“But Congress!” exclaimed Millat...”For half a century they had talked big and had preached many high ideals...What had happened to them so suddenly that having taken off their mask they were dancing on the same platform with the Hindu Mahasabha?”

The allusion to Parashuram refers to Puranic Hindu mythology. According to the Puranas, the rishi Jamadagni ordered his five sons, one by one, to murder their mother, Renuka. The four elder sons refused to commit such a heinous act. The fifth, Ram, obeyed without displaying any qualms. He lifted his parashu (or kuthar, axe, in simpler Bengali) and struck the fatal blow. Parashuram, as he came to be called, was widely recognised in the Puranas as the sixth avatar (incarnation) of Vishnu, the immediate predecessor of the more famous seventh avatar, Dasarath’s son Ram, whose exploits were narrated in the epic Ramayana.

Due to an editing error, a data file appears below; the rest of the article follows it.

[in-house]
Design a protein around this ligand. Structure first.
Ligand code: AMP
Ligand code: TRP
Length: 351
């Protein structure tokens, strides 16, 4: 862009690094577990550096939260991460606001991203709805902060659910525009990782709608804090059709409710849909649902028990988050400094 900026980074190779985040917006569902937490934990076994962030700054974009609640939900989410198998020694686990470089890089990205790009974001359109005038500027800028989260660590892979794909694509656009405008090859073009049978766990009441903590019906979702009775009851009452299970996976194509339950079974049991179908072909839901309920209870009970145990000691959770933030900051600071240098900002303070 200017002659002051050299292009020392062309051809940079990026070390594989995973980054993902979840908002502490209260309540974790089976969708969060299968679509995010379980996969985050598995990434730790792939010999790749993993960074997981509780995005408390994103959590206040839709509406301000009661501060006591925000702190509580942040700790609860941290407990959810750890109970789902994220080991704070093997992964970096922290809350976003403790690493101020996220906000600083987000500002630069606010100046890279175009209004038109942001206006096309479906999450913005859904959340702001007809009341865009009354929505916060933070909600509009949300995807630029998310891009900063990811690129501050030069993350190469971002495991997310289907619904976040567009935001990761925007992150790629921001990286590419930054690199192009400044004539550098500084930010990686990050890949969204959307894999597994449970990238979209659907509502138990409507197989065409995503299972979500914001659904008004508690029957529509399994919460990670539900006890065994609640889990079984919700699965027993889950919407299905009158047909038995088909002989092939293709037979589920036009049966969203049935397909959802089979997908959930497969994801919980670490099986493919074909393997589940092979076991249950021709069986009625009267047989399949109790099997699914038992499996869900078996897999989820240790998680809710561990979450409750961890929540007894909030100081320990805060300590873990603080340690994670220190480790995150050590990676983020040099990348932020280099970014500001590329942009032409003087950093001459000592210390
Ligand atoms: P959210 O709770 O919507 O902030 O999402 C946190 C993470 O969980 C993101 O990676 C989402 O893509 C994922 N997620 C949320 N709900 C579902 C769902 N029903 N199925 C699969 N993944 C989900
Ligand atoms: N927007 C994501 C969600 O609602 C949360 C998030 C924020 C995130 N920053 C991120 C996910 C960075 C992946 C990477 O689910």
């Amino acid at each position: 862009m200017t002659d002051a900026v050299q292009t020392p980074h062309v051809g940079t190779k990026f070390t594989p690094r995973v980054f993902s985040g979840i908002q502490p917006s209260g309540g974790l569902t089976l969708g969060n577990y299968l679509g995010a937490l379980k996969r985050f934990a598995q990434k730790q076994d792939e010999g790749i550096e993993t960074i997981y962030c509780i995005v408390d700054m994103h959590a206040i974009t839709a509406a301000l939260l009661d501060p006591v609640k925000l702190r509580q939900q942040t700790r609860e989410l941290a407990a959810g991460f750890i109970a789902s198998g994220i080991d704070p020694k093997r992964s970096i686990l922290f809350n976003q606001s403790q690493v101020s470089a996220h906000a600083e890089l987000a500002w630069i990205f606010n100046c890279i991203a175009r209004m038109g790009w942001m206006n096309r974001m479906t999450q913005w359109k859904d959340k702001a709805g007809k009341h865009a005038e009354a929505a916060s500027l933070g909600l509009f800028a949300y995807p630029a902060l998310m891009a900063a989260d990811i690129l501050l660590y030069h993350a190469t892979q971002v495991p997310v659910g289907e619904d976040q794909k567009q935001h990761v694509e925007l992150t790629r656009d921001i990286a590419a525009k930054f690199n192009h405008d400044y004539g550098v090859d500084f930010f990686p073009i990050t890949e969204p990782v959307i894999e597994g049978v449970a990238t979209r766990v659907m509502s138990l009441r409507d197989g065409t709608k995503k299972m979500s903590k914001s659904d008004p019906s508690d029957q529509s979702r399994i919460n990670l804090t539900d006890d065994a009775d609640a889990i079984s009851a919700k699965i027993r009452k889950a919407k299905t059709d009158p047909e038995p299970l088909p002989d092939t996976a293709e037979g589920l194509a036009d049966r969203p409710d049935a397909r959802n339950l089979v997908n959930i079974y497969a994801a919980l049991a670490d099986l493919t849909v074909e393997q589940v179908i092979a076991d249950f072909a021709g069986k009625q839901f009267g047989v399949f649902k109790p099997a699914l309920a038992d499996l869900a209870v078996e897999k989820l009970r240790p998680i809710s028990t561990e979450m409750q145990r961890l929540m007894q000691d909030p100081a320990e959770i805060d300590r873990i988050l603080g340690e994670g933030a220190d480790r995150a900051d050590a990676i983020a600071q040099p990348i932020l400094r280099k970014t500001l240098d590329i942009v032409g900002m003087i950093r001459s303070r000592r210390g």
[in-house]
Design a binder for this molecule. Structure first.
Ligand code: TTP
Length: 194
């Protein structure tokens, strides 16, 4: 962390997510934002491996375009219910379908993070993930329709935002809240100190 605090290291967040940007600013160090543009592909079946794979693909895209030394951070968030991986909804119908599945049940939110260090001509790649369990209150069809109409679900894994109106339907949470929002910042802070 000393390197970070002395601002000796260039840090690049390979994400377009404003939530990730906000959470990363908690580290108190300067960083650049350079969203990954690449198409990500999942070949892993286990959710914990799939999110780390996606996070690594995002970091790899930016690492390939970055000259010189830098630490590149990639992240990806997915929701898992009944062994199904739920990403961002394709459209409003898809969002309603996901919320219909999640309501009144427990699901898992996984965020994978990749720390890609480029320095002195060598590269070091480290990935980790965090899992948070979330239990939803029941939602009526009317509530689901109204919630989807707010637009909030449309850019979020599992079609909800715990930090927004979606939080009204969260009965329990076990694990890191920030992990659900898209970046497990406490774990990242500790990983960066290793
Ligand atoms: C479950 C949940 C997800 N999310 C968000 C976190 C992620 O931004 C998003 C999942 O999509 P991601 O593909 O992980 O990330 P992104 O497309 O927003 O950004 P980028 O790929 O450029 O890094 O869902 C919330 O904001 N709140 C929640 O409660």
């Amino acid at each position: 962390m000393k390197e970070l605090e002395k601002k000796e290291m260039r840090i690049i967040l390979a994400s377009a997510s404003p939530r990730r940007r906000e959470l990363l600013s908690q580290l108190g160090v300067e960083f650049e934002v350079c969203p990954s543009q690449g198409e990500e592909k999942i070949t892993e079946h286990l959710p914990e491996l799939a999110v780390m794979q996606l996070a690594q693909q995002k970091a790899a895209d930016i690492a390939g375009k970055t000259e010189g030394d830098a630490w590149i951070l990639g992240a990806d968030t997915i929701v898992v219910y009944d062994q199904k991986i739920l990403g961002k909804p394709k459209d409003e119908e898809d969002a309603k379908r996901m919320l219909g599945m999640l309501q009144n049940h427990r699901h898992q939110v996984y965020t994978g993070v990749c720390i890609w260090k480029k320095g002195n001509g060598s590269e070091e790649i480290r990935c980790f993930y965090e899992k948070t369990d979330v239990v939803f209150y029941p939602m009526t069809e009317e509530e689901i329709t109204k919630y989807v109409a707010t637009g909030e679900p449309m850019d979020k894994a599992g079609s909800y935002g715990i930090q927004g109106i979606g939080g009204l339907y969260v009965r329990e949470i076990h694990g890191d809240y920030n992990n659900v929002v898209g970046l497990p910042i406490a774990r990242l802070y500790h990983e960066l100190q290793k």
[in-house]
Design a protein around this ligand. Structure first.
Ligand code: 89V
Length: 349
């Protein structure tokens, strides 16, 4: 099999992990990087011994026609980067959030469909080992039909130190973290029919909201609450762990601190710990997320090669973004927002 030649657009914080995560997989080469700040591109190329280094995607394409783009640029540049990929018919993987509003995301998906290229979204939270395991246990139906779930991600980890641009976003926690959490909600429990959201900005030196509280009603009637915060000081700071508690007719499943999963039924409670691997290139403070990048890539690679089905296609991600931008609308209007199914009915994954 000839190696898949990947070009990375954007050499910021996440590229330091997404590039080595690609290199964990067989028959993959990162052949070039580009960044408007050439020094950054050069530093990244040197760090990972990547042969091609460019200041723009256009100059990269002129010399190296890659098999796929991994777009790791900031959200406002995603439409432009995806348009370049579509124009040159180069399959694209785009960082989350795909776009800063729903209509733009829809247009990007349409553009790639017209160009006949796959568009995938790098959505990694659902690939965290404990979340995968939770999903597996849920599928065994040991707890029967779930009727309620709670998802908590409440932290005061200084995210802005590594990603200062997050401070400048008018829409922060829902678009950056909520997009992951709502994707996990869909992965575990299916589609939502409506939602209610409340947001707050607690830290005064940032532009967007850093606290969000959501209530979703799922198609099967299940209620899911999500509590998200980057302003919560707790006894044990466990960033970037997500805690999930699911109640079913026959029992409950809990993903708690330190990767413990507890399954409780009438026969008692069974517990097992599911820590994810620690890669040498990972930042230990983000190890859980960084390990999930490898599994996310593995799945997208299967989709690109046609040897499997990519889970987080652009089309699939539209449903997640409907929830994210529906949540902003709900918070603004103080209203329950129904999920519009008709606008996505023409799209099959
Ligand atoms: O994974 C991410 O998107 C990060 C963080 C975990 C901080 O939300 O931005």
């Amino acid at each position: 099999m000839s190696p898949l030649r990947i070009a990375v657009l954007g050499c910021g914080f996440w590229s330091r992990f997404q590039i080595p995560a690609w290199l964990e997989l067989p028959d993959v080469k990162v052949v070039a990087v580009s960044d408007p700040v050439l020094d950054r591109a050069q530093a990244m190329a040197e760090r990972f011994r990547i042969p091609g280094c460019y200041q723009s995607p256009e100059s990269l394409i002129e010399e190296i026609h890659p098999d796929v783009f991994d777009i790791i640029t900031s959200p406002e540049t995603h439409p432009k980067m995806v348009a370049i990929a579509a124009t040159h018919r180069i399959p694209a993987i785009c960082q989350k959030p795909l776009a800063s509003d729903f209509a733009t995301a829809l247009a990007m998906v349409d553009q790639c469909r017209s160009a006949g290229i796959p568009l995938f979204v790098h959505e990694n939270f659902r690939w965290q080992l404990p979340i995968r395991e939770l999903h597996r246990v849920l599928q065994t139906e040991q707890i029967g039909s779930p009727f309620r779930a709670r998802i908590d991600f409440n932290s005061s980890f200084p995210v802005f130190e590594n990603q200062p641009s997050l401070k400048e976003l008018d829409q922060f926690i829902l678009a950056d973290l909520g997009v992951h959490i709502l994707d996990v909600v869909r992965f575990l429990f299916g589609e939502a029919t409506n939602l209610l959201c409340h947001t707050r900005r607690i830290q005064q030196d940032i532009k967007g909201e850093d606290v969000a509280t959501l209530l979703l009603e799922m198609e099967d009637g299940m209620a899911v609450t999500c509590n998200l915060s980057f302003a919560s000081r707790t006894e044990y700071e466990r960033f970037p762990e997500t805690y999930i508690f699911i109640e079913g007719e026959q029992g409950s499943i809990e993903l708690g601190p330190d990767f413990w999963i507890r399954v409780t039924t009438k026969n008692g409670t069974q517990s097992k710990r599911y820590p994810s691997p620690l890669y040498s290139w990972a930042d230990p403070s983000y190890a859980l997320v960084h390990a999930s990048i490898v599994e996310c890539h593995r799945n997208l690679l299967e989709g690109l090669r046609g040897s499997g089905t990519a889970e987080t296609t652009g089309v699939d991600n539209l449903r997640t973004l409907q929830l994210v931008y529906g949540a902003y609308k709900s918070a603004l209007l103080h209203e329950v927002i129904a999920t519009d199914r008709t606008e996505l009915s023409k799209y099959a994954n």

In a macabre twist to the narrative of the Indian nation, the apparently triumphal moment of independence coincided with a gory dismemberment, if not the death, of the Mother.

This was particularly ironic since the awakening of a nation from slumber, if not its actual birth, was believed to have occurred when its children were blessed with a revelation - the magical vision of the Mother.